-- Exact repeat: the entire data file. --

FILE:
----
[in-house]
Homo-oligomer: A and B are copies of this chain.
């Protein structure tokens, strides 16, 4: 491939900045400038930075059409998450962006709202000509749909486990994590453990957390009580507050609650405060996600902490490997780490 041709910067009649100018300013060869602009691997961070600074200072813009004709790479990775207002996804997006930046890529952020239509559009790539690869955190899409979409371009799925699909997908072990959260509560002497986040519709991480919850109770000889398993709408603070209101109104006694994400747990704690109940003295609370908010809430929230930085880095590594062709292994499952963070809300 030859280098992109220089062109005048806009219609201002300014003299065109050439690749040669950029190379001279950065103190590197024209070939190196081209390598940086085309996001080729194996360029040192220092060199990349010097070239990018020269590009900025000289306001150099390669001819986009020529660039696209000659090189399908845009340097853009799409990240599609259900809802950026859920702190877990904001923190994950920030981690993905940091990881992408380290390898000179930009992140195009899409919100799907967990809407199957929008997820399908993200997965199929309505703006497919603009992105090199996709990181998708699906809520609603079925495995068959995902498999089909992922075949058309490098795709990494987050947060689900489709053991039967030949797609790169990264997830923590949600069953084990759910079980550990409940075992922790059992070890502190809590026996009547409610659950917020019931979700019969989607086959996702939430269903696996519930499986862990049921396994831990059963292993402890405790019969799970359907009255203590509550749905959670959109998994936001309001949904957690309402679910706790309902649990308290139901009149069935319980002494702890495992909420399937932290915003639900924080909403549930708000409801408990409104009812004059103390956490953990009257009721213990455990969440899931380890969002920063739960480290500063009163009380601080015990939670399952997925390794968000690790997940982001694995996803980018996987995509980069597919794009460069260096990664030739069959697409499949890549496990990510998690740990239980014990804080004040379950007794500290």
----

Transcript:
[in-house]
Homo-oligomer: A and B are copies of this chain.
């Protein structure tokens, strides 16, 4: 491939900045400038930075059409998450962006709202000509749909486990994590453990957390009580507050609650405060996600902490490997780490 041709910067009649100018300013060869602009691997961070600074200072813009004709790479990775207002996804997006930046890529952020239509559009790539690869955190899409979409371009799925699909997908072990959260509560002497986040519709991480919850109770000889398993709408603070209101109104006694994400747990704690109940003295609370908010809430929230930085880095590594062709292994499952963070809300 030859280098992109220089062109005048806009219609201002300014003299065109050439690749040669950029190379001279950065103190590197024209070939190196081209390598940086085309996001080729194996360029040192220092060199990349010097070239990018020269590009900025000289306001150099390669001819986009020529660039696209000659090189399908845009340097853009799409990240599609259900809802950026859920702190877990904001923190994950920030981690993905940091990881992408380290390898000179930009992140195009899409919100799907967990809407199957929008997820399908993200997965199929309505703006497919603009992105090199996709990181998708699906809520609603079925495995068959995902498999089909992922075949058309490098795709990494987050947060689900489709053991039967030949797609790169990264997830923590949600069953084990759910079980550990409940075992922790059992070890502190809590026996009547409610659950917020019931979700019969989607086959996702939430269903696996519930499986862990049921396994831990059963292993402890405790019969799970359907009255203590509550749905959670959109998994936001309001949904957690309402679910706790309902649990308290139901009149069935319980002494702890495992909420399937932290915003639900924080909403549930708000409801408990409104009812004059103390956490953990009257009721213990455990969440899931380890969002920063739960480290500063009163009380601080015990939670399952997925390794968000690790997940982001694995996803980018996987995509980069597919794009460069260096990664030739069959697409499949890549496990990510998690740990239980014990804080004040379950007794500290």